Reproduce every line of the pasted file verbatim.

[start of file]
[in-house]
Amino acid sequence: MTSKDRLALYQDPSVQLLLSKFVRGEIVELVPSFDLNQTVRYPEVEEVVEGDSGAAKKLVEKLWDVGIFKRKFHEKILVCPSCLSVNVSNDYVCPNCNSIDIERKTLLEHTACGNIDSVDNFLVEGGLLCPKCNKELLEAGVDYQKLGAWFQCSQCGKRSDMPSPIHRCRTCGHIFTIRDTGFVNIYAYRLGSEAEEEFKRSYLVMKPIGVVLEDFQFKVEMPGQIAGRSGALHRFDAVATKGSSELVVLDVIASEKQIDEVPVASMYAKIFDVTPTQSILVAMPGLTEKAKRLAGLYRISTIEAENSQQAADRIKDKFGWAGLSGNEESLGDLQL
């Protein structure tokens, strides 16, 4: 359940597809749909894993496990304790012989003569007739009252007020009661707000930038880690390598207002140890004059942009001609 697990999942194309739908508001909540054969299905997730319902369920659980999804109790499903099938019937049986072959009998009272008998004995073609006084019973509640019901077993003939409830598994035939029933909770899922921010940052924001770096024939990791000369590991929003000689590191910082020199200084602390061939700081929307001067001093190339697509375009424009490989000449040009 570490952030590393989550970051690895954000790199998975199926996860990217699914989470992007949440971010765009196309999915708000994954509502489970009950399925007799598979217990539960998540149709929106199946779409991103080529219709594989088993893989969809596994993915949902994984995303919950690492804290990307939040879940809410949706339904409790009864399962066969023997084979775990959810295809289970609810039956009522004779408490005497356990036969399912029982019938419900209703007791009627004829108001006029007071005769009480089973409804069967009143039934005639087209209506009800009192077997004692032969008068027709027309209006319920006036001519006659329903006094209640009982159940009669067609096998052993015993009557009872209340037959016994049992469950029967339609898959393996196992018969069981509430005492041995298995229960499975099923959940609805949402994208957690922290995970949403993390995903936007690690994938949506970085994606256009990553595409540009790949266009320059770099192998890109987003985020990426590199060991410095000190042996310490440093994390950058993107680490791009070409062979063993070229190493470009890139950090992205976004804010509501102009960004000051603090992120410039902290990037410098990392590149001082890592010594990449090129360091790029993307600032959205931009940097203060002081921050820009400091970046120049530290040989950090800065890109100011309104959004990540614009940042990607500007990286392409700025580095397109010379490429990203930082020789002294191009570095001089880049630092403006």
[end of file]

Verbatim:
[in-house]
Amino acid sequence: MTSKDRLALYQDPSVQLLLSKFVRGEIVELVPSFDLNQTVRYPEVEEVVEGDSGAAKKLVEKLWDVGIFKRKFHEKILVCPSCLSVNVSNDYVCPNCNSIDIERKTLLEHTACGNIDSVDNFLVEGGLLCPKCNKELLEAGVDYQKLGAWFQCSQCGKRSDMPSPIHRCRTCGHIFTIRDTGFVNIYAYRLGSEAEEEFKRSYLVMKPIGVVLEDFQFKVEMPGQIAGRSGALHRFDAVATKGSSELVVLDVIASEKQIDEVPVASMYAKIFDVTPTQSILVAMPGLTEKAKRLAGLYRISTIEAENSQQAADRIKDKFGWAGLSGNEESLGDLQL
């Protein structure tokens, strides 16, 4: 359940597809749909894993496990304790012989003569007739009252007020009661707000930038880690390598207002140890004059942009001609 697990999942194309739908508001909540054969299905997730319902369920659980999804109790499903099938019937049986072959009998009272008998004995073609006084019973509640019901077993003939409830598994035939029933909770899922921010940052924001770096024939990791000369590991929003000689590191910082020199200084602390061939700081929307001067001093190339697509375009424009490989000449040009 570490952030590393989550970051690895954000790199998975199926996860990217699914989470992007949440971010765009196309999915708000994954509502489970009950399925007799598979217990539960998540149709929106199946779409991103080529219709594989088993893989969809596994993915949902994984995303919950690492804290990307939040879940809410949706339904409790009864399962066969023997084979775990959810295809289970609810039956009522004779408490005497356990036969399912029982019938419900209703007791009627004829108001006029007071005769009480089973409804069967009143039934005639087209209506009800009192077997004692032969008068027709027309209006319920006036001519006659329903006094209640009982159940009669067609096998052993015993009557009872209340037959016994049992469950029967339609898959393996196992018969069981509430005492041995298995229960499975099923959940609805949402994208957690922290995970949403993390995903936007690690994938949506970085994606256009990553595409540009790949266009320059770099192998890109987003985020990426590199060991410095000190042996310490440093994390950058993107680490791009070409062979063993070229190493470009890139950090992205976004804010509501102009960004000051603090992120410039902290990037410098990392590149001082890592010594990449090129360091790029993307600032959205931009940097203060002081921050820009400091970046120049530290040989950090800065890109100011309104959004990540614009940042990607500007990286392409700025580095397109010379490429990203930082020789002294191009570095001089880049630092403006």